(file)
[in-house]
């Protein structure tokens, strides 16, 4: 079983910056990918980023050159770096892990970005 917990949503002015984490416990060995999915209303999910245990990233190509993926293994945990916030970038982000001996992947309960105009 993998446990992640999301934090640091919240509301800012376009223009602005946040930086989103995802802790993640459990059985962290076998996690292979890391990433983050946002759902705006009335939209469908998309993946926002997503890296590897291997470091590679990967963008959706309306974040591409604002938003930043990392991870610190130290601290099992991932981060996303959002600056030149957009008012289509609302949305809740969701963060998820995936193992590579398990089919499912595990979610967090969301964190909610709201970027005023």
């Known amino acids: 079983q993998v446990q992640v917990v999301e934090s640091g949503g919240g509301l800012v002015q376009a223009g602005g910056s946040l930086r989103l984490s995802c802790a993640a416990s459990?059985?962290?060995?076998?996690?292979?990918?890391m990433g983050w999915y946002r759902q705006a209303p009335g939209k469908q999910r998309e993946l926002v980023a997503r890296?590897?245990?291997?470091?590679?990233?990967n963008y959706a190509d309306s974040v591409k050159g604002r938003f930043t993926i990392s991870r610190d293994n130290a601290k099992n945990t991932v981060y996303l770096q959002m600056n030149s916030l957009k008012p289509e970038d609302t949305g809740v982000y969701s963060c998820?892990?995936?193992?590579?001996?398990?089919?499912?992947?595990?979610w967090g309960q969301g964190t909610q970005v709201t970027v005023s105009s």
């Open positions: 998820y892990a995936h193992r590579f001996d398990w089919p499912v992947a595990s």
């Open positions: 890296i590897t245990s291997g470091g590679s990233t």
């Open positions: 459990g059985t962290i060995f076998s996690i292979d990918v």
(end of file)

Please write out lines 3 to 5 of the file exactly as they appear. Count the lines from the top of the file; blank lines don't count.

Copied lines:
């Known amino acids: 079983q993998v446990q992640v917990v999301e934090s640091g949503g919240g509301l800012v002015q376009a223009g602005g910056s946040l930086r989103l984490s995802c802790a993640a416990s459990?059985?962290?060995?076998?996690?292979?990918?890391m990433g983050w999915y946002r759902q705006a209303p009335g939209k469908q999910r998309e993946l926002v980023a997503r890296?590897?245990?291997?470091?590679?990233?990967n963008y959706a190509d309306s974040v591409k050159g604002r938003f930043t993926i990392s991870r610190d293994n130290a601290k099992n945990t991932v981060y996303l770096q959002m600056n030149s916030l957009k008012p289509e970038d609302t949305g809740v982000y969701s963060c998820?892990?995936?193992?590579?001996?398990?089919?499912?992947?595990?979610w967090g309960q969301g964190t909610q970005v709201t970027v005023s105009s």
């Open positions: 998820y892990a995936h193992r590579f001996d398990w089919p499912v992947a595990s």
């Open positions: 890296i590897t245990s291997g470091g590679s990233t």